Fixing the Obamacare 'glitch' that pushed one couple to divorce
The scene seems straight out of a movie: A young couple stands solemnly before the judge. They’ve been married just a year, and they're here – for the second time – to ask for a divorce.
A month ago, the same judge gave them a hard time, then said no. He still thinks there is something fishy about their request.
And he’s right. The young people want to be together. But the only way they can afford that is to legally split up.
It isn’t about love. It’s not about employment or family pressure. It’s about health care.
Liana Wolk and Owen Marshall are caught in an Affordable Care Act loophole.
Health policy wonks call it the “family glitch,” and every year it keeps an estimated 5 million people ineligible for federally subsidized health insurance, mostly women and kids. This April, the Biden administration proposed a rule change that would allow people stuck in the “glitch” to qualify for the subsidies.
The family glitch shocked Wolk and Marshall. The couple live in Portland, Maine, where Marshall is a musician. Shortly after their 2019 wedding, Wolk landed a full-time job teaching English as a second language.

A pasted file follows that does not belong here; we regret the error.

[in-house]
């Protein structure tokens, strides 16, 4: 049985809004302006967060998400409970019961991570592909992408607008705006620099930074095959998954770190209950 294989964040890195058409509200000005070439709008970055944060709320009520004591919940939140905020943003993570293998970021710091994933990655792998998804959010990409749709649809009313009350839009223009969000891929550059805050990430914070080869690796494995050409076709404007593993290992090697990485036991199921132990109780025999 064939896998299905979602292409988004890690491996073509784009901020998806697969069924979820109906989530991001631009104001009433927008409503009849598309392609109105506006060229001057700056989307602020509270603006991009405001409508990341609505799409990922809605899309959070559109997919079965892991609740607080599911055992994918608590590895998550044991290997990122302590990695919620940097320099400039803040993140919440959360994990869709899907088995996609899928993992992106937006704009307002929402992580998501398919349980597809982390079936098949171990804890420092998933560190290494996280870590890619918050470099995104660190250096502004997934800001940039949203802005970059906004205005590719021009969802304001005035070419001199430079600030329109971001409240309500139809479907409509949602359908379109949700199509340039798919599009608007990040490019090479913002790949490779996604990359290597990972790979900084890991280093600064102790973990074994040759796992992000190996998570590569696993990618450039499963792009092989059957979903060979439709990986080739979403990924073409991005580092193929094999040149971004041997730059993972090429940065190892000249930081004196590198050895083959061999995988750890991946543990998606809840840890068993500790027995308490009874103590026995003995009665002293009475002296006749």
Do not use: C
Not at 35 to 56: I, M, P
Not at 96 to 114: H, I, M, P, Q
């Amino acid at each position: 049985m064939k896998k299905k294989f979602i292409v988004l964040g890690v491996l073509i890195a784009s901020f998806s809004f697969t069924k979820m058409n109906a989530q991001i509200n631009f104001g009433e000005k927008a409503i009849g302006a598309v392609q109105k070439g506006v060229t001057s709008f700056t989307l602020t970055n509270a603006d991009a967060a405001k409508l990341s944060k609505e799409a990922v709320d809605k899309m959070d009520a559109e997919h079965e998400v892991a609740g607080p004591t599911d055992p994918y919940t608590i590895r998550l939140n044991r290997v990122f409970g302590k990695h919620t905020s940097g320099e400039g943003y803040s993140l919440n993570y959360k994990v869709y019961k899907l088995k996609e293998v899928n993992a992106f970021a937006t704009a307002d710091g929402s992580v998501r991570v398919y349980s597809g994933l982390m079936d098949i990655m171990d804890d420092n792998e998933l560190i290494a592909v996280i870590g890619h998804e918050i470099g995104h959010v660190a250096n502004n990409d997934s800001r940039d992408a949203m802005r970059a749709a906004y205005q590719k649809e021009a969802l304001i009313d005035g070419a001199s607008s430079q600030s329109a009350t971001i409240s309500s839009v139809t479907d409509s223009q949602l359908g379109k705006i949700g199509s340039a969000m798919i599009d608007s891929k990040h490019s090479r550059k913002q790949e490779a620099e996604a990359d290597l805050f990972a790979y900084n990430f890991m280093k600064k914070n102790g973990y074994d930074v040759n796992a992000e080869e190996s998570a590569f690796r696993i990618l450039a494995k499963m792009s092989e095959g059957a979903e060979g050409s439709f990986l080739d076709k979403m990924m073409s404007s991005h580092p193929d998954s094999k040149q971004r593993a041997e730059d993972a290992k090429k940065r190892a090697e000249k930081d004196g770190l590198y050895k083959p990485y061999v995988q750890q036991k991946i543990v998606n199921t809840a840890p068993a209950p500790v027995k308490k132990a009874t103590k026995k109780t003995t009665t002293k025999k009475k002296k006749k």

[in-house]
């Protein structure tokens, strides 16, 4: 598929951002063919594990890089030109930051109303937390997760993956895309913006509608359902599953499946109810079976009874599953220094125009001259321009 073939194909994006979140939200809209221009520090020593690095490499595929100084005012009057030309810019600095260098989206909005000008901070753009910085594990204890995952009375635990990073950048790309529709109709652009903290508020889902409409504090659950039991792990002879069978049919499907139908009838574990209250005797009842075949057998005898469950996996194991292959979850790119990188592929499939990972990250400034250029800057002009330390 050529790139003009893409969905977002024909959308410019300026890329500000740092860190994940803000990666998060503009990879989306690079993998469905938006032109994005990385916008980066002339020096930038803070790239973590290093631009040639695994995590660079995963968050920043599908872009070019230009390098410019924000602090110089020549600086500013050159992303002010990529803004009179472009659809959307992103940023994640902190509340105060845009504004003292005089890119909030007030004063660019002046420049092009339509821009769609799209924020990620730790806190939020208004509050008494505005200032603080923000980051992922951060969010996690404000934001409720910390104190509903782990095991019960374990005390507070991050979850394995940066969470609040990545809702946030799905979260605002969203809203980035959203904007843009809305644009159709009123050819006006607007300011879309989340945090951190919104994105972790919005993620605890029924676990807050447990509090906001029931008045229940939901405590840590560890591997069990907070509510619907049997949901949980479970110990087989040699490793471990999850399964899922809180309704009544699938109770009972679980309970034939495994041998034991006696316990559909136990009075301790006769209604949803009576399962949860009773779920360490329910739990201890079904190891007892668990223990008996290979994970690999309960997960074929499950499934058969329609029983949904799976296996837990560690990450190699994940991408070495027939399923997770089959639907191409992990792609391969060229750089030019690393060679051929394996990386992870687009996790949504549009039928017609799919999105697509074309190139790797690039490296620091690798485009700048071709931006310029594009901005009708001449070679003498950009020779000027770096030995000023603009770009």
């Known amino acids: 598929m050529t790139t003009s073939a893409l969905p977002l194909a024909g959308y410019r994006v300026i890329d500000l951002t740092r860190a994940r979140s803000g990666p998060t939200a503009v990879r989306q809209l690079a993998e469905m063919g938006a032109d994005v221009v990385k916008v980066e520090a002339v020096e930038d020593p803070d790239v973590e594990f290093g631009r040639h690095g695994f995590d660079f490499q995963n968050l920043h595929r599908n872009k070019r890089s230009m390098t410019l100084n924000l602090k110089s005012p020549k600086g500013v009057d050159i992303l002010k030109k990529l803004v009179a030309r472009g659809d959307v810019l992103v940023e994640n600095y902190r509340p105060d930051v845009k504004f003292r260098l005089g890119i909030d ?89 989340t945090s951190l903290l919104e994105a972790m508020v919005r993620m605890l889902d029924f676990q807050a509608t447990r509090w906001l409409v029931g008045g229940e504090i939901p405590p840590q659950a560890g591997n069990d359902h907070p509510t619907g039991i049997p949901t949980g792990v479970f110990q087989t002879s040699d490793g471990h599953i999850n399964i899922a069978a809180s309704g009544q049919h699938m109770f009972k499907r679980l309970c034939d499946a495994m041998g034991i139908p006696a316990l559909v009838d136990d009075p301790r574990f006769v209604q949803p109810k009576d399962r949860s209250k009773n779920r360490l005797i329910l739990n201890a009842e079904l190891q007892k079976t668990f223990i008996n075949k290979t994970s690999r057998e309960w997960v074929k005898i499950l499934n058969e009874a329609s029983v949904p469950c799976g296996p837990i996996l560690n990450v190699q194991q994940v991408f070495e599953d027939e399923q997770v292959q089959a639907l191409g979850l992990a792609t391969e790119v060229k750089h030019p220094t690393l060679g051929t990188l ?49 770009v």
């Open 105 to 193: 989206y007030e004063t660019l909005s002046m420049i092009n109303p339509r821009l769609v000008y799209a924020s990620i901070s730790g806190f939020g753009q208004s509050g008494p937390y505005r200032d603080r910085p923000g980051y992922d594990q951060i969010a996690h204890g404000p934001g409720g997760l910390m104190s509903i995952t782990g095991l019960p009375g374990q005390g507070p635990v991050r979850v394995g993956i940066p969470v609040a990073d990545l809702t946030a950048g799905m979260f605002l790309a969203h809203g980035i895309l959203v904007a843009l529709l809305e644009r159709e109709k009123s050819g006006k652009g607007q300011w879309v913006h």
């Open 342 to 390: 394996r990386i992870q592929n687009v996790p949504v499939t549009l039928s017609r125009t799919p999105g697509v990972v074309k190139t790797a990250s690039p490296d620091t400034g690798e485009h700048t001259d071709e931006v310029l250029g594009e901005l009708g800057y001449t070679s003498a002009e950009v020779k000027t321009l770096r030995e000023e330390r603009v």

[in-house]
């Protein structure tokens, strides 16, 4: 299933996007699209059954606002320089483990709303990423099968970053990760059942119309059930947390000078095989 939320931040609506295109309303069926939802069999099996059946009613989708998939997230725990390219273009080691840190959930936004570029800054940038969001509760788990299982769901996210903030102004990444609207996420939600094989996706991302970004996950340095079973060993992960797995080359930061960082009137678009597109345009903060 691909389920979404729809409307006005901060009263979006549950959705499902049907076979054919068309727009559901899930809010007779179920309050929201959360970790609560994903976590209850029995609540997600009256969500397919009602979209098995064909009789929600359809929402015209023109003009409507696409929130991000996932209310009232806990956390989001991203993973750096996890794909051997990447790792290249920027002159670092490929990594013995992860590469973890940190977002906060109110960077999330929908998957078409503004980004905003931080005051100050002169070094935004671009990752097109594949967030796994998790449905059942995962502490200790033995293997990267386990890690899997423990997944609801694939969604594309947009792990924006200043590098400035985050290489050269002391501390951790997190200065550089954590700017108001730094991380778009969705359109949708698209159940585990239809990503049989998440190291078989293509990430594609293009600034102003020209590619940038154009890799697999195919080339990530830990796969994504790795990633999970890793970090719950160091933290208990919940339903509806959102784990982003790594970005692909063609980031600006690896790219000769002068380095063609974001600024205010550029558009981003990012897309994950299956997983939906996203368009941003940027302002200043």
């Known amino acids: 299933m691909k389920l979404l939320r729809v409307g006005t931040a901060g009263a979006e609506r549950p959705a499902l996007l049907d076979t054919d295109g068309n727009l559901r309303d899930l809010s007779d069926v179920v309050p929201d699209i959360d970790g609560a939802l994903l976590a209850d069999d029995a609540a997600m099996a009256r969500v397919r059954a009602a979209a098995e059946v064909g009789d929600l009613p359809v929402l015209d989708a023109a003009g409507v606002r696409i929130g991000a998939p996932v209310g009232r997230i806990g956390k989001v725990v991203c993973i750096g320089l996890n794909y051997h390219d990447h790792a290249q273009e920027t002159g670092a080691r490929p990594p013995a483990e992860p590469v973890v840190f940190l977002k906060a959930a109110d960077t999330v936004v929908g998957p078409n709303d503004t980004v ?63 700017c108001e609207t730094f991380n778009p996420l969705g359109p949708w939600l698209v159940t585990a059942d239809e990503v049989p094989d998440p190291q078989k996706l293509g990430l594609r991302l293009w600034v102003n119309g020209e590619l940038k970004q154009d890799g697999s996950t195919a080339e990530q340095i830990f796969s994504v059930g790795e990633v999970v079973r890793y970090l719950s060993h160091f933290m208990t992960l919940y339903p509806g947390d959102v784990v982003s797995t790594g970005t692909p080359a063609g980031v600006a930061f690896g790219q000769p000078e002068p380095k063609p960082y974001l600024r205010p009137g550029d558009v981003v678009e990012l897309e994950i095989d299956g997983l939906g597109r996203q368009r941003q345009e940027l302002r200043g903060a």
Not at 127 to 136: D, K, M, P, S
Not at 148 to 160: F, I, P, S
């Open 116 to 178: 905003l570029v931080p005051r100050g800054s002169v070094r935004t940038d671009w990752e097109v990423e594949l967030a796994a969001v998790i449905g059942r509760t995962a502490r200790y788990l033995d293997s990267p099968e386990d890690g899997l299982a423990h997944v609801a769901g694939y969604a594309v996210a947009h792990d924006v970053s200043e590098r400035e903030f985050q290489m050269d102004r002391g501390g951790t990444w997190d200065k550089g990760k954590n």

She was thrilled that it came with health insurance. But when Wolk called to sign them up, she was told it would cost more than $16,000 a year in premiums. That was at least 20 percent of their income.
The two decided Wolk would enroll in an individual plan, running $1,500 a year in premiums, and Marshall would stay on the ACA exchange.
“I was like, phew, this safety net’s here. I can just go back to this,” Marshall said.
When Wolk called to re-enroll her husband in an ACA plan, the operator said he no longer qualified for federal assistance.
Wolk dug into the research. Then one night, three months into their marriage, the puzzle pieces started coming together.
“Oh, my God, this is what is going on,” Wolk recalled saying. “We fit into this category.”
That category was the family glitch.
Here’s how the loophole works:
When Wolk was offered an individual plan through work that cost less than 9.6 percent of their family income, that automatically disqualified her spouse from federal subsidies, no matter the price of a family plan. Going from Obamacare with subsidies to Obamacare without subsidies, Marshall’s premiums jumped from $40 a month to more than $400.
“We're just blowing through this money for no reason other than the stupid piece of paper that says we're married,” Marshall said. “It was just so frustrating and demoralizing and dehumanizing.”
Even their skeptical judge agreed and granted them a divorce.
“We got home, I immediately called healthcare.gov and reported I had a divorce, and my plan dropped back down to $40. Immediately,” Marshall said.
Some of the 5 million people caught in this predicament have decided to go without health insurance. Others have gone uninsured but purchased plans for their kids.